Dangerous Compassions

my ancestors

This morning when I was waking up, I had a thought that felt really true and important to me: I have my ancestors, so I am never alone.

It felt good, related to a lifelong struggle with loneliness, community, life meaning, what I’m on earth to do.  So many years suffering from agoraphobic, isolated loneliness, or suffering from painful compromise, when my needs didn’t match the needs of the people I was living with, but their needs always won.

Nowadays I live in community and mostly get what I need.  Sometimes there’s not enough privacy, and I do more unacknowledged emotional labor than I would prefer.  But overall, I am happy now.  I can open the window and let the ideas of other people in.  Years ago, I was in serious need of fresh air, socially.

love comes with community

I think of Dorothy Day and her idea of the long loneliness.  She said, “We have learned that the only solution is love, and that love comes with community.”

I remember when I lived in Sacramento, before moving here to Las Vegas with Ming, where we became non-Catholic Catholic Workers.  I wrote that quote on my therapist’s dry erase board.  She knew the quote and helped run Wellspring Women’s Center, which was headed at the time by Sister Judy, who had come here to Las Vegas to protest nuclearism and was arrested at the test site, decades ago.

I think of Dorothy Day, an idea-ancestor of the Catholic Worker movement that has provided me with a home for almost seven years.  Often looking severe, Dorothy Day had her thin whiteness, pretty braided hair, drastic ideas, and thin lips.  Did her ancestors live inside of her?  Did they comfort her?

What’s with white people and ancestors?  A lot of cultures, we acknowledge our ancestors, but seems white people do that a lot less.


I remember going to New Mexico, doing that ritual at the cemetery where I have a lot of ancestors buried.  My prayers, the water I poured, the list of names I read, thanking all those women who survived long enough to pass their gifts to the next generation, who in turn passed their gifts to the next generation, and then to me.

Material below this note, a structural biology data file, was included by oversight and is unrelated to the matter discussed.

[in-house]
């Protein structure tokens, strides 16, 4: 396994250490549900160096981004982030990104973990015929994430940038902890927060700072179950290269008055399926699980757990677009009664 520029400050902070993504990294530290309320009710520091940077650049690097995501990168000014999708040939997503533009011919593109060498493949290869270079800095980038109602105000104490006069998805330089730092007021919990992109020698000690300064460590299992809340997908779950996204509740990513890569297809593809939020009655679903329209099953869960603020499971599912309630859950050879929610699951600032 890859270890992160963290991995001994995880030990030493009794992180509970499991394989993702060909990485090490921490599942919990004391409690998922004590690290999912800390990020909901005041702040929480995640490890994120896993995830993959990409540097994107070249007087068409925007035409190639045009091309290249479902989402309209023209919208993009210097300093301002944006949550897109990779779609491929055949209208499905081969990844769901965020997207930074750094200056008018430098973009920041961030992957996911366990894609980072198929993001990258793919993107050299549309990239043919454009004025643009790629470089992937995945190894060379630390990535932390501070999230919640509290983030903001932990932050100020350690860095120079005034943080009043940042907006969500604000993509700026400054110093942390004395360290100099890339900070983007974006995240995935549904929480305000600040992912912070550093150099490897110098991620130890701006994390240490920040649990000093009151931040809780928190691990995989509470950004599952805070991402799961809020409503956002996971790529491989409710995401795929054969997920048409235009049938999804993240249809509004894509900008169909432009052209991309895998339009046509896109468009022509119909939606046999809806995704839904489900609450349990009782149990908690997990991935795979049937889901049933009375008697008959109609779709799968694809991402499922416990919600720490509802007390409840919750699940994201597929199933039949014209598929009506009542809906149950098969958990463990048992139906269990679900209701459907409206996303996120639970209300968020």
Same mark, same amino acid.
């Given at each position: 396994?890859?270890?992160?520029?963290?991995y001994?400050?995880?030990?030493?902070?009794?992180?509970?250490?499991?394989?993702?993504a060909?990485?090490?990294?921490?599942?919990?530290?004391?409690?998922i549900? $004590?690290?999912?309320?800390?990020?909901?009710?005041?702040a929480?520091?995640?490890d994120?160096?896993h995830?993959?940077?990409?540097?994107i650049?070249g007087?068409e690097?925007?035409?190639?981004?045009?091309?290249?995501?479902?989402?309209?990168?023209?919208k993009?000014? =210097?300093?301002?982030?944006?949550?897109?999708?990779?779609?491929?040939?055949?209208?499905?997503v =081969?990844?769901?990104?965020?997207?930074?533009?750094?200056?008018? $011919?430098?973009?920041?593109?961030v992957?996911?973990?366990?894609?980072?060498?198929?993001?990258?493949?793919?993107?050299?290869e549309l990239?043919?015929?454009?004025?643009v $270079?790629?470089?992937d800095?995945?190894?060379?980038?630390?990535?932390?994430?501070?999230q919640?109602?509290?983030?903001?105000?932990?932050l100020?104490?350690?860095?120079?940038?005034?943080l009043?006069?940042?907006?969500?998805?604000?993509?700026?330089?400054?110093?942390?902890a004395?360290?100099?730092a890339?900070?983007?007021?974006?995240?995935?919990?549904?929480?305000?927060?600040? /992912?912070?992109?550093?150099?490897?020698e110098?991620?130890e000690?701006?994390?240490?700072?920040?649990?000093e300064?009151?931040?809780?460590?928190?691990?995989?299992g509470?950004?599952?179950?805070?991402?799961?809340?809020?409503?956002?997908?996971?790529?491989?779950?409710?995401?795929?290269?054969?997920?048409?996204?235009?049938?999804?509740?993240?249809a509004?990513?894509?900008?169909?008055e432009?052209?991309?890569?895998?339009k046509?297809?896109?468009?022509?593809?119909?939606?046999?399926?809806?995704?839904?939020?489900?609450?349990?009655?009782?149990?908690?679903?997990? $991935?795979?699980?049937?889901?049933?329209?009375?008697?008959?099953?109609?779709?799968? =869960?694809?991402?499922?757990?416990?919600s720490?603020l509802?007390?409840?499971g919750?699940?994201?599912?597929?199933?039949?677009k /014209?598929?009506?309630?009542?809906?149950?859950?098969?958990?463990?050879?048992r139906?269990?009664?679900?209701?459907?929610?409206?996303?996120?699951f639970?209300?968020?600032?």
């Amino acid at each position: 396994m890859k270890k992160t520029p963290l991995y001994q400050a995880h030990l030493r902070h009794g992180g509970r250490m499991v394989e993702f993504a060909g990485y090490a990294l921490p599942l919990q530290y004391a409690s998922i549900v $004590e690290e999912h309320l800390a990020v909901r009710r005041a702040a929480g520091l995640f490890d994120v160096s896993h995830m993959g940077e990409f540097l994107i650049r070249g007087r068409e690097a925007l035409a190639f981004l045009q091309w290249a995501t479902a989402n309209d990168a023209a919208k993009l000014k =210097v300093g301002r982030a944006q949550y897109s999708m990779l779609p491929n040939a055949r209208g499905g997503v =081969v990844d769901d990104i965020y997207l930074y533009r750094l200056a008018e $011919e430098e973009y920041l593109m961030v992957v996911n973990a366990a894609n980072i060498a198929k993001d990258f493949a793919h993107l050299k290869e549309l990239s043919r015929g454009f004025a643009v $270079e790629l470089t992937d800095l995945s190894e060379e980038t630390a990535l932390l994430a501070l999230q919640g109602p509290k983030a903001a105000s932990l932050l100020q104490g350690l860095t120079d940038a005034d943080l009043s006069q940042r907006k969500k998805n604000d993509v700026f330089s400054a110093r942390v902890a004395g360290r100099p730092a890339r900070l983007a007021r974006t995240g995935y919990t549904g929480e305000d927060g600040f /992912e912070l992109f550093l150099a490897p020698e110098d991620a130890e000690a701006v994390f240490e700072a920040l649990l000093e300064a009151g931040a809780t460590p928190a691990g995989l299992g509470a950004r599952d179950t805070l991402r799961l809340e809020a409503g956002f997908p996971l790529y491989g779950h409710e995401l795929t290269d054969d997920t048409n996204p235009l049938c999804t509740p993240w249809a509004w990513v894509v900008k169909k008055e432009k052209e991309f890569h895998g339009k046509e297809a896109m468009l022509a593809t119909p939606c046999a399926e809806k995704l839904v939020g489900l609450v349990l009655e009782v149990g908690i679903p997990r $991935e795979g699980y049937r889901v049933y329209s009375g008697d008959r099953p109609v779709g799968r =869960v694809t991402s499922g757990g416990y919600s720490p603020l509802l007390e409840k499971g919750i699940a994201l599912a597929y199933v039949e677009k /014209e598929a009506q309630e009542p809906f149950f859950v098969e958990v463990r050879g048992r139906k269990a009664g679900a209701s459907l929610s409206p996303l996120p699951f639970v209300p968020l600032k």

Since my mom died, I feel super connected to my ancestors.  I imagine the mitochondria in my cells.  My ancestors are gone, their bodies buried back in the earth they came from.  But their spirits are always with me, rooting for me, loving me, being proud of me, caring for me in a super quiet way.  Always forming me, from my genes to my ideas, my very bones, the curl of my hair, the emotions I feel.

They were brilliant women who did what they needed to do.  And now I do what I need to do also, to love, care for, cook delicious foods, comfort, feel pleasure, and survive.

white people

White people I associate with religions where it’s not common to pray to ancestors.  But even when I was a Christian kid, I would lie in bed at night, praying to my mom’s mom, and asking her for help.  She was a very real part of my life, as a deceased person.  I talked to her as much as I talked to living people.

Praying to Jesus, I was not really sure who I was talking to.  A man had never loved me right.  I only knew how to be loved by women and women’s bodies.  So it made a lot more sense to pray to my Nana, than to someone who died on a cross far away, for reasons I could not understand.  But at church we didn’t pray like that.

I guess I had my official religion, and then the folk religion as actually practiced, that I invented out of necessity.  Yeah, life is full of that. What I was supposed to feel, vs what I really felt.  What I was supposed to do, vs what I really did.


Maybe I need community less, now that I understand the people who love me the most are my ancestors.  I still need living people, but the dead are always going to be there for me.  No one can take them away from me, as they are already away.

I don’t want to prioritize dead people.  I know they can be easier, in that they don’t have real needs to attend to.  So much of life is for the living.  But I do a lot with inner life too.  That can be like the spirit world.  Something just as real but invisible, the inner workings that produce the outer workings.

my ancestors

By Laura-Marie

Good at listening to the noise until it makes sense.

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